U.S. Housing Starts Down Following a Record Q4
Feb 19, 2004
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Coming off the incredible rate of production that closed out 2003, home builders slowed the pace of housing starts to a seasonally adjusted annual rate of 1.903 million units in January, the Commerce Department reported. This is 7.9 percent below December's revised estimate of 2.067 million units, but 4.1 percent above the January 2003 rate and 12 percent above the annual total of 1.848 million for 2003, which was the highest in 26 years.
"Builders have just finished an incredibly strong year and we are starting 2004 at a pace that will keep us on track to match 2003's record production," said Bobby Rayburn, president of the National Association of Home Builders (NAHB).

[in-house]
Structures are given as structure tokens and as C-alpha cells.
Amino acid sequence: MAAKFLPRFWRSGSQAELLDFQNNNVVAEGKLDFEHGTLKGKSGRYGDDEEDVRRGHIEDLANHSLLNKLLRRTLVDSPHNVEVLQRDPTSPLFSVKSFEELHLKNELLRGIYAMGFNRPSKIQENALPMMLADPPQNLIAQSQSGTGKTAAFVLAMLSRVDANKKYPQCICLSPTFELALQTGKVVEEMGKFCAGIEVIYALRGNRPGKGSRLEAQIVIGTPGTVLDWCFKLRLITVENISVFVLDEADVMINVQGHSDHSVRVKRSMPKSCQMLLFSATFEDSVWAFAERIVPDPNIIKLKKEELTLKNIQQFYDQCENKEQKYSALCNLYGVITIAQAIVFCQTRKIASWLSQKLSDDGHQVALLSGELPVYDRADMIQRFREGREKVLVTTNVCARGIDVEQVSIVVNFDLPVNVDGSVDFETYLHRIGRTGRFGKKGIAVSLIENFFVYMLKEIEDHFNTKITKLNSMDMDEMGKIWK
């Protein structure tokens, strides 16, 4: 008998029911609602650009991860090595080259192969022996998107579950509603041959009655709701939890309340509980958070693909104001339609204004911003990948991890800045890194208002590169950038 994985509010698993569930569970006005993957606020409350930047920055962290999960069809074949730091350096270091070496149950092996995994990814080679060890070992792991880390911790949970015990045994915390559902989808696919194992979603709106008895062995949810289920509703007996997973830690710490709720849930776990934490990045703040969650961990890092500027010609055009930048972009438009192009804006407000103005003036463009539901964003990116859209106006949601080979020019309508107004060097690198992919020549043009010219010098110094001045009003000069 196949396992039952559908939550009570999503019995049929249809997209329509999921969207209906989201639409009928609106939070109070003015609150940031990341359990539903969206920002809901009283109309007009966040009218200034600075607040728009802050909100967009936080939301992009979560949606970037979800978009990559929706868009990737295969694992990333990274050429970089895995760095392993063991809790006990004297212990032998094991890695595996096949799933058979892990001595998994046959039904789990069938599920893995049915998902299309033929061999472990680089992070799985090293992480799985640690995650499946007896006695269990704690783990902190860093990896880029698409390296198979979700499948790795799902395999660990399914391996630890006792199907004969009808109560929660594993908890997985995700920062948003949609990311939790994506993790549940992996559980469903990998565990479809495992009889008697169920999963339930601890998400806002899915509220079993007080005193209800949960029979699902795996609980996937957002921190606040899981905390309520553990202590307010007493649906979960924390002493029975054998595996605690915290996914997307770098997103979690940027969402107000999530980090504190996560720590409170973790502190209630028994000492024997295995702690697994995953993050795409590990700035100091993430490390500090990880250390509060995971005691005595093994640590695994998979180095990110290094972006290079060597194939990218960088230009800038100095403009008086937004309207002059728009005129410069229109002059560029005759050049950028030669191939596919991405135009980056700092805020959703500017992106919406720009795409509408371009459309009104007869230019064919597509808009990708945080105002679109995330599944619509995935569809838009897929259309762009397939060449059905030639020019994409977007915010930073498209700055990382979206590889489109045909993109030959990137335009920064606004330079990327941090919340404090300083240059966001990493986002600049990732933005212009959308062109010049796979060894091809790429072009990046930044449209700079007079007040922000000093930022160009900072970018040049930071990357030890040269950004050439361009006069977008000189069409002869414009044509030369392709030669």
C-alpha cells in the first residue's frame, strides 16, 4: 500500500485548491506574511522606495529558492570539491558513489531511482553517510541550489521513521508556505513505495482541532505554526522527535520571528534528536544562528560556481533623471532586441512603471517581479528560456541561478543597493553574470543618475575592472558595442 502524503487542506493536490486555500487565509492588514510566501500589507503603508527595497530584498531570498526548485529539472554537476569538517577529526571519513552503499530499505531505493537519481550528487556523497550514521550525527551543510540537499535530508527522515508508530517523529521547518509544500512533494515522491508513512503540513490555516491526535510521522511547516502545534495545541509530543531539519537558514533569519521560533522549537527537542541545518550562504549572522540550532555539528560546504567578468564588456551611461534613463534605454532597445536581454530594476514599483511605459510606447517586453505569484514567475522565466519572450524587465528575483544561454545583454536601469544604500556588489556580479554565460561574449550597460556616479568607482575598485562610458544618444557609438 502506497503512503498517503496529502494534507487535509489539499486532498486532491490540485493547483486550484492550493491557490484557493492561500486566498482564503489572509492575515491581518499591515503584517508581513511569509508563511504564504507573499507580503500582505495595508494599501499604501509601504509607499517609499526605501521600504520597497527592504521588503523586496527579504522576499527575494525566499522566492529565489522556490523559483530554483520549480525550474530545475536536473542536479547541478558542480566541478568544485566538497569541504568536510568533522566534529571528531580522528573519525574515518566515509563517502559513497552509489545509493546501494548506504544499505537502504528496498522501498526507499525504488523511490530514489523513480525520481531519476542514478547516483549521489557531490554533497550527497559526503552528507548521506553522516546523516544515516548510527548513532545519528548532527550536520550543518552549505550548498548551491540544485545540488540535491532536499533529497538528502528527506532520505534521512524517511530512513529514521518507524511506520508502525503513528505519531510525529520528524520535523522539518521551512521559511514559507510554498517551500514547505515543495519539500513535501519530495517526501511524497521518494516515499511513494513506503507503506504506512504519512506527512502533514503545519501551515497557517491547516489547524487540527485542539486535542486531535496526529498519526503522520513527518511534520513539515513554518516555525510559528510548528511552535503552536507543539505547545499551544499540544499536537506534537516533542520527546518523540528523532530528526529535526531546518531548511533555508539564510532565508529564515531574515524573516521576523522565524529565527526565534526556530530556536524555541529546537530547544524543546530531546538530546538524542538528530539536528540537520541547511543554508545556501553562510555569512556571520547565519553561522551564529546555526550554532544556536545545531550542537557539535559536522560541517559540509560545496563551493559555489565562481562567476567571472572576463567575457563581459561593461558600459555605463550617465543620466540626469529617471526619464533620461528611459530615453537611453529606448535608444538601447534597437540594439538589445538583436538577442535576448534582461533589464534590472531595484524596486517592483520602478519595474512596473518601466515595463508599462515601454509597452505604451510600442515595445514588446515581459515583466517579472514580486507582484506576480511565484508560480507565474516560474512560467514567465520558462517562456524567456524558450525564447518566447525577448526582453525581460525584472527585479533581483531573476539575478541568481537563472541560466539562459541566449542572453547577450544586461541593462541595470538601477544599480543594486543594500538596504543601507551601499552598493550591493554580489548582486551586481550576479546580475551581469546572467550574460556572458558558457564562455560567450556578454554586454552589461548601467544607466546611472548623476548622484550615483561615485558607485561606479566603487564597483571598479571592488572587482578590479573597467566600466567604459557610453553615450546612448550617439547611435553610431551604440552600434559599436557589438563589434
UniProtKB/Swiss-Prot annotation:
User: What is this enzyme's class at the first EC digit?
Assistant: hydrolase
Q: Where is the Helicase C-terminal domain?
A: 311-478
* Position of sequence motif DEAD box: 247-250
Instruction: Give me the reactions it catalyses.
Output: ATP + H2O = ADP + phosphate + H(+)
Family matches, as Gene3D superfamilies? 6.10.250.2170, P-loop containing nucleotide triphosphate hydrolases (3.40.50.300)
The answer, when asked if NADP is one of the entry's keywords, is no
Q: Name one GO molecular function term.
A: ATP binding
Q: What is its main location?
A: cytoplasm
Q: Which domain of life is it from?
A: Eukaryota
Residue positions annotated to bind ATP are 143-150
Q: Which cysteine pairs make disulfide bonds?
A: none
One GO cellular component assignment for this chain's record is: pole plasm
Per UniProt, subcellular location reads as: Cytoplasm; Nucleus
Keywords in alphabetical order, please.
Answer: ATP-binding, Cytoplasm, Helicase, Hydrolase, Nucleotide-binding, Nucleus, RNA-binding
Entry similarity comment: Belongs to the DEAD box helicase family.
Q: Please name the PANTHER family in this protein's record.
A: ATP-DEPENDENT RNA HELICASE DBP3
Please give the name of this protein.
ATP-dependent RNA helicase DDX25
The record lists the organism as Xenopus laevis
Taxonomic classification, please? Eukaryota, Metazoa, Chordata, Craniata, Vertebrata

Single-family starts dipped to a seasonally adjusted annual rate of 1.537 million units. This was 8.0 percent below the revised December rate and 1.9 percent above the January 2003 pace.
"The favorable interest rate structure, solid house price performance and improving economic indicators continue to drive the housing market," said NAHB Chief Economist David Seiders. "Although the January rate was lower than in the final months of 2003, it was still exceptionally high."
The pace of multi-family housing starts decreased 3.6 percent from December to a seasonally adjusted rate of 339,000 units and was 21.9 percent above the pace of a year ago. In addition, construction of new homes and apartments slowed in all regions in January.
For the month, issuance of total building permits was down 2.8 percent from December to a seasonably adjusted rate of 1.899 million units, but 6.9 percent above January 2003. Single-family permit issuance decreased by 2.8 percent and multifamily permits were down 8.7 percent from the December pace.
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